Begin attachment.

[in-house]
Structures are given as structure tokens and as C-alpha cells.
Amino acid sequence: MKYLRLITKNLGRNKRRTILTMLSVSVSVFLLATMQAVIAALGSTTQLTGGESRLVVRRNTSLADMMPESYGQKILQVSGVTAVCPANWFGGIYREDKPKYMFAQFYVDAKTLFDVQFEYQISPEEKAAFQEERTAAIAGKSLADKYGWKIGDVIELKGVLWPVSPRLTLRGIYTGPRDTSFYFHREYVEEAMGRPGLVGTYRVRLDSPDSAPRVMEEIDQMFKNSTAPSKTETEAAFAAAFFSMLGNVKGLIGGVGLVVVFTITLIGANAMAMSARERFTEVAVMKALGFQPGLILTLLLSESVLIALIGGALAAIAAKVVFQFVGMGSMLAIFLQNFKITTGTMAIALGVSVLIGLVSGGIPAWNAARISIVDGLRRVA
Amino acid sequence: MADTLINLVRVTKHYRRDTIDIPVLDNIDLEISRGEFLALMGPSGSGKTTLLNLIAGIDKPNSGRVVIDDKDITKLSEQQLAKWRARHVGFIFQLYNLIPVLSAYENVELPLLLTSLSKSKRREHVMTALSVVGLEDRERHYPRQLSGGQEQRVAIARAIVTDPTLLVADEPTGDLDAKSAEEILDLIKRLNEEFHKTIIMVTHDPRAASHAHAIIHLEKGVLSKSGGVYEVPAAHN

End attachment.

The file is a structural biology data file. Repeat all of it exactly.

[in-house]
Structures are given as structure tokens and as C-alpha cells.
Amino acid sequence: MKYLRLITKNLGRNKRRTILTMLSVSVSVFLLATMQAVIAALGSTTQLTGGESRLVVRRNTSLADMMPESYGQKILQVSGVTAVCPANWFGGIYREDKPKYMFAQFYVDAKTLFDVQFEYQISPEEKAAFQEERTAAIAGKSLADKYGWKIGDVIELKGVLWPVSPRLTLRGIYTGPRDTSFYFHREYVEEAMGRPGLVGTYRVRLDSPDSAPRVMEEIDQMFKNSTAPSKTETEAAFAAAFFSMLGNVKGLIGGVGLVVVFTITLIGANAMAMSARERFTEVAVMKALGFQPGLILTLLLSESVLIALIGGALAAIAAKVVFQFVGMGSMLAIFLQNFKITTGTMAIALGVSVLIGLVSGGIPAWNAARISIVDGLRRVA
Amino acid sequence: MADTLINLVRVTKHYRRDTIDIPVLDNIDLEISRGEFLALMGPSGSGKTTLLNLIAGIDKPNSGRVVIDDKDITKLSEQQLAKWRARHVGFIFQLYNLIPVLSAYENVELPLLLTSLSKSKRREHVMTALSVVGLEDRERHYPRQLSGGQEQRVAIARAIVTDPTLLVADEPTGDLDAKSAEEILDLIKRLNEEFHKTIIMVTHDPRAASHAHAIIHLEKGVLSKSGGVYEVPAAHN